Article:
Bird atlasing with camtraps

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The value of putting camtraps out for bird atlasing purposes or bird monitoring cannot be underestimated.  The accompanying pictures are of a Kori Bustard Ardeotis kori.  They were taken in an area where the bird would not have been observed easily.  The vegetation provided enough shelter (though the pictures show the bare patch where we set the camera up) and the area is very flat – so the birds would either have flushed long before being observed.  Or they would have taken to cover in the tall grass and shrubs.

At first I was a bit shy …

The pictures do not show the complete bird – but we have enough evidence of its presence in the area.  If this bird was not picked up on the camtrap it would not have been recorded in the pentad (5′ x 5′ lat/long square) for atlasing purposes for SABAP2.  Despite the fact that we had driven past the location of the camtrap frequently in the 5 days that we worked in the area.

Let me show a bit more of myself …

The pictures were taken east of Springbok in Namaqualand (Northern Cape, South Africa).


“When the birds came out to play …”

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Runway 026

While I worked in the Karoo area in the Western Cape, South Africa, I set up camtraps at certain focal points to monitor bird activity.  Focal points would include drinking troughs, cement reservoirs and wetlands and sometimes the extra camtrap will be adjusted to capture passersby.  The birds in these pictures were captured to see what passersby could be captured close to the water.  It was mounted close to the surface (about 60 cm up) with the purpose of capturing small mammals that may pass through to the water.  The White-necked Raven Corvus albicollis were having a special aspirations of becoming “fighter pilots” and the practiced their landing and take offs in view of the camera.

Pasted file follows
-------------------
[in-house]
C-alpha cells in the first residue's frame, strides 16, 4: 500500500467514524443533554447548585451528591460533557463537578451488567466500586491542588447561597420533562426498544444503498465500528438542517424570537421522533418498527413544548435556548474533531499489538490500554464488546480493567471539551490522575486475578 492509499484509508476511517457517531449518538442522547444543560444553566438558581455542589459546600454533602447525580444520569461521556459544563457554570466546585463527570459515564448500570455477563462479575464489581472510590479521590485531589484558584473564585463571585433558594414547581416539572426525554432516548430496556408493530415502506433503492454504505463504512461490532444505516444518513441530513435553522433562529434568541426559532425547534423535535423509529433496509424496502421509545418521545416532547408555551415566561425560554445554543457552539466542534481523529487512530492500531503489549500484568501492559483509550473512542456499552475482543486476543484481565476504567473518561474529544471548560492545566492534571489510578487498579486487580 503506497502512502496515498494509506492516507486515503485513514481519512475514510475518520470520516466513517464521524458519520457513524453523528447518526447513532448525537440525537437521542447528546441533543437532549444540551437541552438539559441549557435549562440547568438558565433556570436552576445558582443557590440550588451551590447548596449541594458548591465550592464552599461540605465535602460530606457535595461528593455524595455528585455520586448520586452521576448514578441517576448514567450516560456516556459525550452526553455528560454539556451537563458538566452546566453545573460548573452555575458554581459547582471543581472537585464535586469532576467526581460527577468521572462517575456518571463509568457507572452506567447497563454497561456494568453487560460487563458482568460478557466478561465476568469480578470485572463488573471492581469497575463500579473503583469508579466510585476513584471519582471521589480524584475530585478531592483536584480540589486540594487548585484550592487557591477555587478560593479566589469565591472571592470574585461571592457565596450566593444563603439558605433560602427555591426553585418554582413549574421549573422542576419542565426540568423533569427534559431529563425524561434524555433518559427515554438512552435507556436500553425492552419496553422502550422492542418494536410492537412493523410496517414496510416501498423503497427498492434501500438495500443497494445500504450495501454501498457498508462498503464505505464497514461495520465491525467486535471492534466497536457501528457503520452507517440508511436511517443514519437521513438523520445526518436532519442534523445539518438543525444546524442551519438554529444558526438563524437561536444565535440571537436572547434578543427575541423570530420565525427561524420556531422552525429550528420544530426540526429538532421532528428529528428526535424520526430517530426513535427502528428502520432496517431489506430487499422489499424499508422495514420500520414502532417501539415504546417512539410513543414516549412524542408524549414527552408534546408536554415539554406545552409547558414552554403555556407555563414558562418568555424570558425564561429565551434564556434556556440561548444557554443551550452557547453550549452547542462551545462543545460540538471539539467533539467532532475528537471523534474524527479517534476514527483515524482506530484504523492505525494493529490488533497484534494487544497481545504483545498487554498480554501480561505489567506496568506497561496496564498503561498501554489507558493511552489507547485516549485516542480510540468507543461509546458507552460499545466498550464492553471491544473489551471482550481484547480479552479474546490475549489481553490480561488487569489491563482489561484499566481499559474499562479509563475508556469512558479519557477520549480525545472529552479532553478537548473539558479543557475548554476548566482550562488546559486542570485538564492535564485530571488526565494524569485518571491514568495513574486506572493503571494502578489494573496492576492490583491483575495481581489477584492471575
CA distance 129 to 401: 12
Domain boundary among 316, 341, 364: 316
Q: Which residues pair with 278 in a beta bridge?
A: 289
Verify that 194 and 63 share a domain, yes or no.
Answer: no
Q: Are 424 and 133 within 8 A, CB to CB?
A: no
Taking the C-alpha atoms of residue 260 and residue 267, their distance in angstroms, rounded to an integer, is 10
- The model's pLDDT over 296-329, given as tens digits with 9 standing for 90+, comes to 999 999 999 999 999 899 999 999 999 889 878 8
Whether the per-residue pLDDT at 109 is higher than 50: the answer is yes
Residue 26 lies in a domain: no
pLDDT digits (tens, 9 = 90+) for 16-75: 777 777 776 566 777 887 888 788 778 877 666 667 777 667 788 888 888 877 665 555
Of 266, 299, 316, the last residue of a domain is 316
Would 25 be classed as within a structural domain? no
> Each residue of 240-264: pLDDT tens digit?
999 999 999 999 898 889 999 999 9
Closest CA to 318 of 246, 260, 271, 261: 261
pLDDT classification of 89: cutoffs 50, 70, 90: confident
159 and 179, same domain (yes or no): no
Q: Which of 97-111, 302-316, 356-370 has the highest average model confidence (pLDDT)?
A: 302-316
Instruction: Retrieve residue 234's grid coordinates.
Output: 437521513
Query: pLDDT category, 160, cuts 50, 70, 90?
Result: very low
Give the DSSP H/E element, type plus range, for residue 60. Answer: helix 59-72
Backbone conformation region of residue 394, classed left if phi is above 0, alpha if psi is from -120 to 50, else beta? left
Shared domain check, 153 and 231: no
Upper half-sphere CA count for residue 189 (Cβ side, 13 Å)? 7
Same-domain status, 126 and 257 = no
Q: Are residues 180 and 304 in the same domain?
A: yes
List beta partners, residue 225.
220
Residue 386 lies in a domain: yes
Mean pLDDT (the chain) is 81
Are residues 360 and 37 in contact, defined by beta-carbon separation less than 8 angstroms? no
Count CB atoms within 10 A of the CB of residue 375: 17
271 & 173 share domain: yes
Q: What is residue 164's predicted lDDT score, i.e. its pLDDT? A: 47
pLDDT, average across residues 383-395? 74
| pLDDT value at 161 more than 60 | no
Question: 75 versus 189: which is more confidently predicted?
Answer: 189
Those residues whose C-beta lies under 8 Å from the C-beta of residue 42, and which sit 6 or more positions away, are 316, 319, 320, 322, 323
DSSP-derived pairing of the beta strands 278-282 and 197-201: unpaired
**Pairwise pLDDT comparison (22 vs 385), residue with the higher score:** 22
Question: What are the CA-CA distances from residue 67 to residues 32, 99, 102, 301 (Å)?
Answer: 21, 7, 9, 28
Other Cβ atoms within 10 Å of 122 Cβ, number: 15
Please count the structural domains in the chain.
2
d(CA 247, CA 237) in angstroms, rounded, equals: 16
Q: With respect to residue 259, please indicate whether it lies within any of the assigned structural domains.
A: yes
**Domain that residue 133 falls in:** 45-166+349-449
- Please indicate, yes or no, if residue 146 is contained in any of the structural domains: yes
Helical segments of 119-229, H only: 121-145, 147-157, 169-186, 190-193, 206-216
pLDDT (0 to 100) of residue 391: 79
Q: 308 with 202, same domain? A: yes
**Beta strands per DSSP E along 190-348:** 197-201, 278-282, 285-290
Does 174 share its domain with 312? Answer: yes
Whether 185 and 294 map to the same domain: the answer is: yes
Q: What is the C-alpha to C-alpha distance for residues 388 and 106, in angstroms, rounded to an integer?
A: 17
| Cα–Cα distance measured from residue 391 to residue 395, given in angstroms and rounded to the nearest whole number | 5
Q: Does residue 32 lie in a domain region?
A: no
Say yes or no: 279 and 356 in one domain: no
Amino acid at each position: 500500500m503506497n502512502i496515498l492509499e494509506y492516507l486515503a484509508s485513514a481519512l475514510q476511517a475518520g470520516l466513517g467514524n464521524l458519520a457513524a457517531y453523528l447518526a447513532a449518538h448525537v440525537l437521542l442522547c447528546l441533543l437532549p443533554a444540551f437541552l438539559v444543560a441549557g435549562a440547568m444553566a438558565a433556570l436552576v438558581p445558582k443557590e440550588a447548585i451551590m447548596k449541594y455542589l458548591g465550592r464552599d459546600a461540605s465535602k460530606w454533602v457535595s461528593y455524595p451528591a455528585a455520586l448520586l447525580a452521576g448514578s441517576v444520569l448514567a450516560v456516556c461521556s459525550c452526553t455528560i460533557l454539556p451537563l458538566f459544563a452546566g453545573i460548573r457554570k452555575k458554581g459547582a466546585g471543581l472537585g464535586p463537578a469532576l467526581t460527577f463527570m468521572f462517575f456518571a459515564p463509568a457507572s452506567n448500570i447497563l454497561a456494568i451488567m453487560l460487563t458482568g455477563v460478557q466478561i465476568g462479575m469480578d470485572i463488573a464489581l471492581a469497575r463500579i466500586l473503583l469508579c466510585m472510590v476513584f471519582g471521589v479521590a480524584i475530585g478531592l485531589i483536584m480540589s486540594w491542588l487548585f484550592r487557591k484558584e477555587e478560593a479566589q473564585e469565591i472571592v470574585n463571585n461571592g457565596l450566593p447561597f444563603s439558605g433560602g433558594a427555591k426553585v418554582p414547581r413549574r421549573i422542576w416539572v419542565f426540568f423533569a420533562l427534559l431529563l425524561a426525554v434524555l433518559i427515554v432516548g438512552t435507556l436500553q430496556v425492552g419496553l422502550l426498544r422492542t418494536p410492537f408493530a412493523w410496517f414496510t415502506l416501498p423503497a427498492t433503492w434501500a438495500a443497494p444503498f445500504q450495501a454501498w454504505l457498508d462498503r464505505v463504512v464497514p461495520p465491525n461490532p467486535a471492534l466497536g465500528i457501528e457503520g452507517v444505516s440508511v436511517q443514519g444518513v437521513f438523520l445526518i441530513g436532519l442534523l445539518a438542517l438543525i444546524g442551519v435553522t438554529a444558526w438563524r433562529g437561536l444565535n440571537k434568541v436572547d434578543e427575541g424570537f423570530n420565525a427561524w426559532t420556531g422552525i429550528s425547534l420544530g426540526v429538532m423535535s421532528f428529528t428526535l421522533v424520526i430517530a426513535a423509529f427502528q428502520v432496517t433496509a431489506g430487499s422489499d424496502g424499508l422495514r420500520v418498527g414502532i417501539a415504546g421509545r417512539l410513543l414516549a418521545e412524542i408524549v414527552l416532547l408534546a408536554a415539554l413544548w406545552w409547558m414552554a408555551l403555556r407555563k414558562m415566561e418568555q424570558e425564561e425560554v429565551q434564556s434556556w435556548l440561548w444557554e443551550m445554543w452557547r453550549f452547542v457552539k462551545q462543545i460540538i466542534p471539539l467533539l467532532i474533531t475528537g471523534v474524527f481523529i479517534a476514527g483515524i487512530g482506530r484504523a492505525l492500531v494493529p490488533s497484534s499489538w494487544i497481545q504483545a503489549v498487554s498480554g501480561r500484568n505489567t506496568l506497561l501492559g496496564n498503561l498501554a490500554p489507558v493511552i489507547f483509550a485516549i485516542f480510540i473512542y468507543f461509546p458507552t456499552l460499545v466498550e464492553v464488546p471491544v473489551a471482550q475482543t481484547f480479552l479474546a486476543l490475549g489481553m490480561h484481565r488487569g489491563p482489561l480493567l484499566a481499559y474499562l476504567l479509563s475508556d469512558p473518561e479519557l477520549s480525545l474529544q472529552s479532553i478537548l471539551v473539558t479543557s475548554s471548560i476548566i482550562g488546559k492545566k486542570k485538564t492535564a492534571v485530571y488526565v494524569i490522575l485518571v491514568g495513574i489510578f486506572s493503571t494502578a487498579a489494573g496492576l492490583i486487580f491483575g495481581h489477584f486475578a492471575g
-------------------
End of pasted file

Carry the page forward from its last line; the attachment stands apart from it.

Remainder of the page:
Taxying to the runway…

These birds are phenomenal scavengers and were around in the area in flocks of more than 80 birds at times.  They were scavenging on weak lambs and on the afterbirth where the ewes had been dropping lambs. They must have exceptional sight, for they are sailing through the air at great height and then virtually drop down vertically to the ground to where carrion is spotted.  At other times they hunt for food and tortoises are favourite prey.  The tortoise would be picked up and then dropped on rocks from a great height to crush the shell after which the contents of the shell is devoured within minutes.  I will post some pics at a later stage of what may be some hunting method not yet described.

Taking off for home

And then close to dusk they would disappear raucously to the mountains to roost for the night and in the new day return to their foraging grounds.

This is the only species of raven occurring in southern Africa.

Foraging bustards

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The Ludwig’s Bustard Neotis ludwigii is one of the large terrestrial birds occurring in southern Africa.  Normally one does not get near enough to take proper photos as these birds are very skittish and normally fly off if you are still in the distance.  After studying them for the better part of a day, I went out and set up a camtrap or two in the area they were foraging to take these pictures.  Taken near Laingsburg, Western Cape, South Africa.

Male birds can weigh up to 4.4 kg and  females 2.5 kg.  They stand up to 88 cm tall.  The Red Data Listing of this species is vulnerable (VU). For the current distribution of this species in southern Africa, see the current SABAP2 distribution map.